After an entire summer – all the way up to yesterday – of barely believing that I hadn’t made this whole thing up, I always expected The Day Of to blindside me. Perhaps it would come screaming down out of a clear sky with that particular mix of terror and exhilaration usually reserved for first-time skydivers: Sacré bleu! En garde! Quelle fromage! Better lose those clichés, little lady, cause weeeeeeeeee’re outa here!
As it turns out, it sort of sidled up, gave me the old sidelong glance, and lit a cigarette.
And so reality seeps in by degrees. No more fights to convince my brain of impending relocation; the first time I looked at the GPS on the plane to Munich from Philidelphia, it put us off the coast of Nova Scotia, somewhere slightly west of the sunken Titanic. And how’s this for luck – I had the best seat-neighbor on the flight over, a theatre and German double major from Louis & Clark named Devan who is off to Munich to study abroad for a whole year. We talked dramaturgy, language instruction, Hungarian history and folk music traditions, the astonishing excellence of Neil Patrick Harris, and figured out that we could play trivia on the touch-sensitive tv screens with other unknown members of the flight. Better than eight hours of mildly uncomfortable silence? Yeah, a bit. I LOVE making plane friends.
I think that airports, being extensions of limbo-space, sidestep the normal passage of time (aided and abetted by time zones, a most disconcerting and arbitrary institution). How can it be a whole day since I left Denver? Also, how can it possibly have only been one day? Let it never be said, however, that the Munich International Airport does not employ helpful people. I asked many questions of all sorts of people, even tried to go through customs without showing my passport, and invariably got swift answers in lovely accented English, and a smile. They were very tolerant.
And now I’m here, tucked into a beautiful first-floor room with a wide window and green shutters, all of my nerves having dissolved in the flood of information – the streets of Aix, the color of a late Provençal summer, the background noise of French voices, the smell of espresso from the street cafés. This town is beautiful, and totally unlike anywhere else I’ve ever been. We took a walking tour of downtown, tracing the twenty-minute route through the center of the city from my host mother’s house to school, and found ourselves threading through an endless crowd possessed of the density I usually associate with much-anticipated urban festivals. Est’ce que tous les samedis sont comme ça? I asked my host mother, Michèle, as we joined a rapt audience watching a boy who couldn’t have been more than eleven playing a grand piano in the middle of the Cours Mirabeau. Oui, she said, smiling. C’est l’été. It’s summer.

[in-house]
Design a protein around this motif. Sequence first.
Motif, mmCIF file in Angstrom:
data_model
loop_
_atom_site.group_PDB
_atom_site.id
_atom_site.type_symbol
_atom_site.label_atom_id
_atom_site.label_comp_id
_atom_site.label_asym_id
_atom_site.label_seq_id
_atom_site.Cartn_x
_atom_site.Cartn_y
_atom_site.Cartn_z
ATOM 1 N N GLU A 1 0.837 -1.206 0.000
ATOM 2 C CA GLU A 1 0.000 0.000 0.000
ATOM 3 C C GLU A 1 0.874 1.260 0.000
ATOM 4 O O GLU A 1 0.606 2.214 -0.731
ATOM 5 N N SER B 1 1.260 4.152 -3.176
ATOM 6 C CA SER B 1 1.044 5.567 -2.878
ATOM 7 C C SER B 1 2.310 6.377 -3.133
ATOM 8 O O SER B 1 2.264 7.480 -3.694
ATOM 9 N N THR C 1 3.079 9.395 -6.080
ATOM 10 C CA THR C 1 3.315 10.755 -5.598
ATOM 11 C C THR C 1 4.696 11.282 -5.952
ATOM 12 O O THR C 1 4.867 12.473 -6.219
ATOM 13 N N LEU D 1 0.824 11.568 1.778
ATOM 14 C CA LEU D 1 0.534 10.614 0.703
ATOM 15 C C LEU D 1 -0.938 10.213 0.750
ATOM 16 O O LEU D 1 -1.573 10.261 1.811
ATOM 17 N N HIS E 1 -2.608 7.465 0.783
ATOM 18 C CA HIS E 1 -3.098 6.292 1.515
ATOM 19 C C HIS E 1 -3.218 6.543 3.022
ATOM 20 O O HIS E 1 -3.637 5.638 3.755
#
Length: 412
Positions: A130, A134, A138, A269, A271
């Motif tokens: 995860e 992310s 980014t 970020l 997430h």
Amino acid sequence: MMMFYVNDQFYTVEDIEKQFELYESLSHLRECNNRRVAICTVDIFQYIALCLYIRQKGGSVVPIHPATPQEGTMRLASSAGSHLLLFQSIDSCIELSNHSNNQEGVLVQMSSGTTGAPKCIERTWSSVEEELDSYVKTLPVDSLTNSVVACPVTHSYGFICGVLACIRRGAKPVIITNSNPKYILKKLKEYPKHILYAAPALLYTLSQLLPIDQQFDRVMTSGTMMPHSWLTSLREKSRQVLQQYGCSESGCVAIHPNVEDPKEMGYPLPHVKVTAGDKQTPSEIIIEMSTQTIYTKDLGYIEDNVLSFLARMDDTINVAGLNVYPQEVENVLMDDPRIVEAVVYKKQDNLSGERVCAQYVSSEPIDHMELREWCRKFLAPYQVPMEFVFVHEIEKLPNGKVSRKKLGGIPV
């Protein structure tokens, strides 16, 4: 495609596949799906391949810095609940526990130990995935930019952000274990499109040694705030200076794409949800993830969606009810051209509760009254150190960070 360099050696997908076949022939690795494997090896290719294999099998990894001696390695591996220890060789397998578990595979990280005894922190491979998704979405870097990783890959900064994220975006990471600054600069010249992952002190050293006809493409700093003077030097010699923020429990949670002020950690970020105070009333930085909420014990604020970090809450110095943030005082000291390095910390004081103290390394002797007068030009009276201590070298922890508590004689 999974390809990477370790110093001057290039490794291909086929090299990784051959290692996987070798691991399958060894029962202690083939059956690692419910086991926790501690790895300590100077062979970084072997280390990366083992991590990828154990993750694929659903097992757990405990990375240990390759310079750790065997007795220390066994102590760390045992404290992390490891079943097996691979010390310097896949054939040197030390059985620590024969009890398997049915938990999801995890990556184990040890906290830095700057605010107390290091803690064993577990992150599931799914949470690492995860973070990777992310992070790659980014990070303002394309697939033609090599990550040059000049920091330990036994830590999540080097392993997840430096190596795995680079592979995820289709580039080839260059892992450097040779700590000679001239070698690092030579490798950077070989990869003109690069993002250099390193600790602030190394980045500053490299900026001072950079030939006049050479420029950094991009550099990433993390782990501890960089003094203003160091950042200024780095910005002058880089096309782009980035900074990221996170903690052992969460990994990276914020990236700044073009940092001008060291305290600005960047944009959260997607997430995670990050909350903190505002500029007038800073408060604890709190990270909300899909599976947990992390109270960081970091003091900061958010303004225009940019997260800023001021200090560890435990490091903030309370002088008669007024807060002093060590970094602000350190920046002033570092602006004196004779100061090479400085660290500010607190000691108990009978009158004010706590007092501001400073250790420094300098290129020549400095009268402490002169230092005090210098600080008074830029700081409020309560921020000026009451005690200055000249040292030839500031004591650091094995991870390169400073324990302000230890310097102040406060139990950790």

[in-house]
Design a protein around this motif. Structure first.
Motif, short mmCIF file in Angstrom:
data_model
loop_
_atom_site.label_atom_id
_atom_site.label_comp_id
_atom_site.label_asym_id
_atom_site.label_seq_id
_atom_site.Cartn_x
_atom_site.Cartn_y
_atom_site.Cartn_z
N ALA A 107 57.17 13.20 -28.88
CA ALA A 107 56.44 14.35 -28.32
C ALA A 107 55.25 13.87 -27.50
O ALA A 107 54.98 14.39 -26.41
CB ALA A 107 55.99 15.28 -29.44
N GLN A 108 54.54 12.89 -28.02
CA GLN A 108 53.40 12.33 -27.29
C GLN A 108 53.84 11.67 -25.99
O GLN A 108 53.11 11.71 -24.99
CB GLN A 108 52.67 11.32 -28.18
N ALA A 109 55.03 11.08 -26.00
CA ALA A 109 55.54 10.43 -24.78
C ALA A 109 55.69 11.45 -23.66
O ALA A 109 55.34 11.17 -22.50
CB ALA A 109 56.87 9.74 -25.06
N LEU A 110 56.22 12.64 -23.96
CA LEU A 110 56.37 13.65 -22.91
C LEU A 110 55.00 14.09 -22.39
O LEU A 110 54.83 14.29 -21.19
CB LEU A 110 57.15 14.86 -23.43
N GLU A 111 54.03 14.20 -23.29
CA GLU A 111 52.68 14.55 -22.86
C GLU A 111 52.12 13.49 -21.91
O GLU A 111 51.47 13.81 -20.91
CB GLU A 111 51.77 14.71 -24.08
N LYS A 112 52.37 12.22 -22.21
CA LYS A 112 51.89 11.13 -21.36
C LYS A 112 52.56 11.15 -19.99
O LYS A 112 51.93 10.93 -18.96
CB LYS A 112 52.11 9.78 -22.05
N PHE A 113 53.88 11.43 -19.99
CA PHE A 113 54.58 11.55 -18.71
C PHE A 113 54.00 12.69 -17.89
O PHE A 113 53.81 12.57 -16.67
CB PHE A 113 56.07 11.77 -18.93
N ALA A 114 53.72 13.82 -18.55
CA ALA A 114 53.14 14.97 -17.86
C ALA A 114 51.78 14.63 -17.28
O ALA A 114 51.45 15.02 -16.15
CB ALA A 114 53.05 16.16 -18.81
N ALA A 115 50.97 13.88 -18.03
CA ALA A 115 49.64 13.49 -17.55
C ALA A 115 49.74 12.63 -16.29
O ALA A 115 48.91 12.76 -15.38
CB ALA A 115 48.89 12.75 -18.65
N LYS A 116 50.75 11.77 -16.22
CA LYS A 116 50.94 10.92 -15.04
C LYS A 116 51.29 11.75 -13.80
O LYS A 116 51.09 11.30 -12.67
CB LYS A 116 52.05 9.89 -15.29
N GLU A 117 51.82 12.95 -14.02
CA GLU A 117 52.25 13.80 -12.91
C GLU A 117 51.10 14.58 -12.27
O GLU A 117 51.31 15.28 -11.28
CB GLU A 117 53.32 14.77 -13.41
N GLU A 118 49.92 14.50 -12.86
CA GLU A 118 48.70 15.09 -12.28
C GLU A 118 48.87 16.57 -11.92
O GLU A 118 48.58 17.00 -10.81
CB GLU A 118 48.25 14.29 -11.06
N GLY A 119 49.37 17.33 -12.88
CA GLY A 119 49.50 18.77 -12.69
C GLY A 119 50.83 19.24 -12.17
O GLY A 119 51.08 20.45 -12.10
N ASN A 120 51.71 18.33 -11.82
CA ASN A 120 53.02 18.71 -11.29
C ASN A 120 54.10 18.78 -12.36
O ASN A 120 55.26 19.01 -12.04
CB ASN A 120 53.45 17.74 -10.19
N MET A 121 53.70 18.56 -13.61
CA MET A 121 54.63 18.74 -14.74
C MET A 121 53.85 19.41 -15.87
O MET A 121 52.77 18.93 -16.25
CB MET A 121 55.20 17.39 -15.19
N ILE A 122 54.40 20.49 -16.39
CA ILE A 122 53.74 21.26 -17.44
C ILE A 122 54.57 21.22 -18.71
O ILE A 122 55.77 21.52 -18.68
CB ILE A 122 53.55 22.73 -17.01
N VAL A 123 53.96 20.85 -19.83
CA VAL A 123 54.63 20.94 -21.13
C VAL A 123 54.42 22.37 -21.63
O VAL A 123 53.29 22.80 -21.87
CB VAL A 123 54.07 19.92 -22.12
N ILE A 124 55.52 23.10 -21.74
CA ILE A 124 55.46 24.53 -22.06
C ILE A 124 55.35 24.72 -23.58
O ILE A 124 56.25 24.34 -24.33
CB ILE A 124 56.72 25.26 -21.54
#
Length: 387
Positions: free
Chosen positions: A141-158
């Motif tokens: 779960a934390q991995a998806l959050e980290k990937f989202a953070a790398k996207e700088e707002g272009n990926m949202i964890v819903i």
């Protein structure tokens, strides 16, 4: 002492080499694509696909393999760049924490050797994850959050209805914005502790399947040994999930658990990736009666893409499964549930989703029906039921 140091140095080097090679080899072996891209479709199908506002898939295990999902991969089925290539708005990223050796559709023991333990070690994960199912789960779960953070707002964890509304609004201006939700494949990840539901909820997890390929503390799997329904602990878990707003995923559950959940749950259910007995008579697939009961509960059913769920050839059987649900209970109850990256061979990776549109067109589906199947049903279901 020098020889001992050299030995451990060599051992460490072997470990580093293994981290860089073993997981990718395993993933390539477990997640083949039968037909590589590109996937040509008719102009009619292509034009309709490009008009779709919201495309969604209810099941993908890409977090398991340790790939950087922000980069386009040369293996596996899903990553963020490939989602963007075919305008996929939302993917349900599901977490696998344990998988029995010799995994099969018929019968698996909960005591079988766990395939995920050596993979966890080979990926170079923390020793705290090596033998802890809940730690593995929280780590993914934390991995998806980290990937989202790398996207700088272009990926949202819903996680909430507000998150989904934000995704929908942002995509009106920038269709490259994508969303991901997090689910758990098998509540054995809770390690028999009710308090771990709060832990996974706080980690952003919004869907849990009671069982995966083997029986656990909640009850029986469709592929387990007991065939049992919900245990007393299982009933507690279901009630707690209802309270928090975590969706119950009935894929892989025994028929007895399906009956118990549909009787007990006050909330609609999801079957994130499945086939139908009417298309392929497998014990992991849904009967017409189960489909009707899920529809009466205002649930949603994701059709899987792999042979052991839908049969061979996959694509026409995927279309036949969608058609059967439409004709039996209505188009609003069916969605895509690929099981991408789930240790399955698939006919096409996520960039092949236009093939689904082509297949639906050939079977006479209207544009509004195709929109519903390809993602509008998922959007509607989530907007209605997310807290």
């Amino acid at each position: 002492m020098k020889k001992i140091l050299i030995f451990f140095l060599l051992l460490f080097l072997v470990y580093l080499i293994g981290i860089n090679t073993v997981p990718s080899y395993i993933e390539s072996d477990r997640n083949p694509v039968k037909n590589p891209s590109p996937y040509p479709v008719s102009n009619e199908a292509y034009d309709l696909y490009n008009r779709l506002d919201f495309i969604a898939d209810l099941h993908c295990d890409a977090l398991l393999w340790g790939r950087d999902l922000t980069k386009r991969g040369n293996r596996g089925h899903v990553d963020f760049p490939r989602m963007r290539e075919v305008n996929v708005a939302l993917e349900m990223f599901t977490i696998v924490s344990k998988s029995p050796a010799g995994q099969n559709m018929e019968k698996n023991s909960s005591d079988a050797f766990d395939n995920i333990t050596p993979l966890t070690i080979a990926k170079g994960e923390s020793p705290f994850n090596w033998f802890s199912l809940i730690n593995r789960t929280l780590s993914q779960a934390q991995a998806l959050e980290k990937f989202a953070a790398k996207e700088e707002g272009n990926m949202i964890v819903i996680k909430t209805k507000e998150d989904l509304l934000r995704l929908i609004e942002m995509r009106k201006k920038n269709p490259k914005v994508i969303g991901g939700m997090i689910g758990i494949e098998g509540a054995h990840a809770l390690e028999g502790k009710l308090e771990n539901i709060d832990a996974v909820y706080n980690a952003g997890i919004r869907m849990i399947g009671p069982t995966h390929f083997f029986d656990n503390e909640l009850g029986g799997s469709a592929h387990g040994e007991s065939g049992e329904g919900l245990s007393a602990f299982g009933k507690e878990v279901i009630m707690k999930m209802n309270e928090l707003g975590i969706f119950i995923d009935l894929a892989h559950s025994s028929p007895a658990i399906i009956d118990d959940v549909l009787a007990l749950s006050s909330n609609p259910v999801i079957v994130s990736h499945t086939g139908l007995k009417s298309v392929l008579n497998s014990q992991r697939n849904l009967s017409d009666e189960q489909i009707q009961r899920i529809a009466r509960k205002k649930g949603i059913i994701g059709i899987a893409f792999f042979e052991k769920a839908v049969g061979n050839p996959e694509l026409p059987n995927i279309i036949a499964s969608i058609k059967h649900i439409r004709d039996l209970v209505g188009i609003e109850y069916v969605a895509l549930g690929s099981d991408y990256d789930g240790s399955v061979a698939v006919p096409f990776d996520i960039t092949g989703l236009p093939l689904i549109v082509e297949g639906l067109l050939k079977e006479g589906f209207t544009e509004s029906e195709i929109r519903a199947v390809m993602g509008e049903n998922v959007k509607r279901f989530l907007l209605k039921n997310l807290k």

Actually, I do have one serious worry left (besides that I can’t get my voltage adaptors to work and thus my computer battery is in imminent danger), which is that I’m in over my head with this language business. The truth is, I’m a total novice. They think I’m qualified to take THREE upper-level French courses? Do they realize I understand about one word in thirty of full-speed French, and form spoken sentences like I just got out of 101? Ah, me. Written placement tests can be so misleading.
I’ve been chipping away at this mild panic with various sensible arguments. First, I may be hysterical for no reason. Considering that these classes are designed for American students, I might not be as out of my depth as it seems. Second, if I truly have no idea what’s going on, I can drop the class, or switch. I don’t need any of the credits anyway, so why stress? Third, outside of class, no one knows that the school has mistakenly identified me as being actually proficient in the language, so I can play the plus lentement, s’il vous plaît and repetez, s’il vous plaît cards as much as necessary. No one will judge. But then, they were never going to, really. I made that all up in my head. My aunt and uncle tell me that pretty girls who are scrupulously polite generally have it okay in the Mediterreanean countries.
I promise pictures tomorrow; we’re planning more city-exploring, and there’s an IAU (Institute for American Universities, i.e., my school) open house in the evening. The language thing sure is scary, but the rest of it is extraordinary. Tomorrow I get to throw open my green shutters and say, “Bonjour, Provence!” to the new morning. As we say in the United States, how cool is that?